Thursday, March 15, 2007

San Francisco Chronicle: Pay-to-play is one way to help save newspapers

From San Francisco Chronicle columnist David Lazarus:

"It's time for newspapers to stop giving away the store. We as an industry need to start charging for -- or at the very least controlling -- use of our products online... My thinking is that this is approaching a life-or-death struggle for newspapers, and an antitrust exemption may be the only way that the industry can smoothly make the transition to a digital future."

"Barring that, I agree with [University of Minnesota media ethics professor Jane] Kirtley at the University of Minnesota. If newspapers aren't going to collectively reach into the pockets of online readers, they should at least focus their attention on other Internet players that are profiting from newspapers' content... Bloggers and Web sites are entitled to what is called fair use of copyrighted material... But I frequently see blogs that include entire stories or columns (my own included). Obviously a newspaper can't go after all such violators. But the big ones need to play by the rules."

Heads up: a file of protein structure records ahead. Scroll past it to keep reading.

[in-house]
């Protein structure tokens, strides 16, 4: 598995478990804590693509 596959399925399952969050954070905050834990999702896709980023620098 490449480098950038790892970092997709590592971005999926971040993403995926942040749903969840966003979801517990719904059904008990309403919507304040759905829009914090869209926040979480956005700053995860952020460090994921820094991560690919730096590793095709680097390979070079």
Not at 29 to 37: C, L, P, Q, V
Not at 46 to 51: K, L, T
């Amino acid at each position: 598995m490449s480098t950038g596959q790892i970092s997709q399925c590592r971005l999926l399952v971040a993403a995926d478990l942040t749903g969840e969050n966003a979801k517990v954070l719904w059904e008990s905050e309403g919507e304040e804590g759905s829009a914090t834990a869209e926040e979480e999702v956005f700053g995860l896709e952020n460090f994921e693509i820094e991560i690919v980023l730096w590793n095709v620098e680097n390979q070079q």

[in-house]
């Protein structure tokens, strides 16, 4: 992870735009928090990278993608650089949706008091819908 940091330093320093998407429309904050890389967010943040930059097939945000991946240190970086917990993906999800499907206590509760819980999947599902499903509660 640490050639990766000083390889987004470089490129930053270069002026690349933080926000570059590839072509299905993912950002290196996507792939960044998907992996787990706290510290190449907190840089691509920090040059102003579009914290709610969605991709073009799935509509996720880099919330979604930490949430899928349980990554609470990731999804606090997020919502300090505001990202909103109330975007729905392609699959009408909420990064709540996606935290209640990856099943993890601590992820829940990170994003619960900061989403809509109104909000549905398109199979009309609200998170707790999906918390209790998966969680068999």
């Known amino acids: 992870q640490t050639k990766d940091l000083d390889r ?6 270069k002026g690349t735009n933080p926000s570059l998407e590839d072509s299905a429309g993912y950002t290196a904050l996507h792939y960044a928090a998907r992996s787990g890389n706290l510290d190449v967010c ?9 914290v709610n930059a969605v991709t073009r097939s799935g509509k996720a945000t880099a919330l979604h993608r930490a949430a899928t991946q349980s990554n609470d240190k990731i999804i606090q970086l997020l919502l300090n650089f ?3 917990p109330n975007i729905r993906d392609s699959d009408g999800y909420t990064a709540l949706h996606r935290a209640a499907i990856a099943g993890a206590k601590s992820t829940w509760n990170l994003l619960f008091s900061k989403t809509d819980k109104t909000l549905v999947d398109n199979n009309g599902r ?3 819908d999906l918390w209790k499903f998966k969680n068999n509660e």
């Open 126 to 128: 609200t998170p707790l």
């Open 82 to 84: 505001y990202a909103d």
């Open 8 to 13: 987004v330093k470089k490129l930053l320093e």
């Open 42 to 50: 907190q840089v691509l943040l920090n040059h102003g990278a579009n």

Comment: Sorry for the chopped up excerpt, but I didn't want to run afoul of fair use rules. Simply put, Lazarus' proposal is what's colloquially known as closing the barn door after the cow has left. I agree that the only way newspapers could start charging for content now is if they collude in violation of anti-trust law. Here's my thing with that idea -- every industry since the buggy whip manufacturers (and there are probably earlier examples) has tried to prevent new technology from ruining their business model. But sometimes progress requires that old technology make way for the new.

I'm not suggesting that journalists are obsolete, or that they've been replaced by bloggers. But I don't think that fighting to protect their traditional business model is going to save newspapers. The industry has to fundamentally rethink the process of producing and disseminating news in the Internet era. I know that's easier said than done, but it's better to start working on it now instead of spending years fighting a futile battle.

As for Kirtley's idea, I do agree that blogs shouldn't be allowed to republish entire stories. But I don't think most A-list bloggers are doing that. If the newspaper industry can find one, then they should file a Viacom-Google style lawsuit so we can get that out of the way. The bottom line is that it's not going to make a difference how those lawsuits turn out. Shutting down Napster didn't stop people from sharing music. Shutting down YouTube is not going to stop people from posting TV shows online. And shutting down 100 A-list blogs is not going to save the newspaper industry.